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Are there any statutory criteria under which a product must be recalled or other corrective action be taken?
There are no specific provisions regarding the criteria according to which a product recall or other corrective actions are determined. The producer or distributor of a defective product must take any measure to eliminate possible hazard from the product's use, as soon as any defect comes to its attention. These measures may vary and can include:
- warning notifications;
- retrospective instructions to consumers;
- invitations for servicing or updating the product in order to make it safe; or
- notifications recalling the product.
Further, competent authorities may proceed with temporary suspension or prohibition of product circulation in the market, withdrawal and revocation of products (Article 8 of Ministerial Decision Z3/2810/14/12/2004) in order to ensure product safety.
A product recall is an action taken in the event that no other measure would eliminate the danger. The recall may be either initiated by the producer or distributor of the product or ordered by the competent authority.
The Justice and Consumers Directorate-General of the European Commission published a guide on how to determine when a recall or another corrective action is required.
What rules and procedures govern notification of the product recall to government authorities and the public?
In general, notifications must be made to the competent authorities (Article 6(2) of Ministerial Decision Z3/2810/14/12/2004), as well as to the General Secretariat of Industry of Ministry of Economy and Development (Article 7(9) of Law 2251/1994 on Consumer Protection (the Consumer Protection Law)).
When producers or distributors become aware that any of their products presents a danger to consumers, they must notify the General Secretariat of Industry of the Ministry of Economy and Development immediately and without delay and any other competent authority depending on the type of the products at issue, for the prevention of any danger and hazard to consumers.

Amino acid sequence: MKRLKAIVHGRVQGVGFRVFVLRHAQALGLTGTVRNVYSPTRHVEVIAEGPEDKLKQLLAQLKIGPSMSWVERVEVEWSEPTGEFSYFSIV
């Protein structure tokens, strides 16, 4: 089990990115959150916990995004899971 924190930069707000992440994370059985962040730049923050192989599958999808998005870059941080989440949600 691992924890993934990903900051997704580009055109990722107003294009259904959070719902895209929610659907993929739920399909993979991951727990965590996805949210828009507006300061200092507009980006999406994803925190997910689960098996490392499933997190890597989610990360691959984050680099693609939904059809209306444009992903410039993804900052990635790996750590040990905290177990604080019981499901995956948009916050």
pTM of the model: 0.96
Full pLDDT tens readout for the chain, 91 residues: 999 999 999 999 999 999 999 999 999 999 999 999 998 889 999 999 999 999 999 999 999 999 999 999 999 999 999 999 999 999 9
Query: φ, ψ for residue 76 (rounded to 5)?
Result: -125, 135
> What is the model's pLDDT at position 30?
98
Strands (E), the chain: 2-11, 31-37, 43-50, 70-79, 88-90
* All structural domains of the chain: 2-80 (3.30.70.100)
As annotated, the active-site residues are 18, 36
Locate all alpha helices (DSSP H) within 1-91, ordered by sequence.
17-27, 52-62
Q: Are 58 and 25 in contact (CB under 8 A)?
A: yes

The notification must be made in a form provided by the competent authority and must include:
- information to identify the product;
- a complete description of the defect or the risk involved with the usage of the product;
- information to locate the product in the market; and
- a description of the actions taken by the producer or distributor and actions to be taken by consumers to prevent any further risk.
Annex II of Ministerial Decision Z3/2810/14/12/2004 sets out the procedures for the implementation of the Rapid Information Exchange System (RAPEX) and the Guidelines for Notifications. If the product has been marketed outside Greece as well, the RAPEX procedure may be followed. The system allows the almost simultaneous transfer of information on dangerous products within the European Union. Respective procedures apply especially to food and medicines.
The notified authorities may request additional information or order measures to be taken by the producer or distributor.
Repairs, replacements and refunds
What rules and procedures govern repairs, replacements and refunds for defective products?
The producer is obliged to compensate the consumer for any damage incurred due to product defects (Articles 6(1), (6) and (7) of the Consumer Protection Law). ‘Damage’ includes:
- death or physical injury; and
- damage or destruction, due to the defective product, of any asset belonging to the consumer, apart from the defective product itself, including the right to use goods, on the condition that:
- the loss from such damage or destruction exceeds €500; and
- the assets were intended to be and were actually used by the injured person for his or her personal use or consumption.
Damages for moral harm or mental distress may also be due in case of breach of the provisions of Article 6 of the Consumer Protection Law.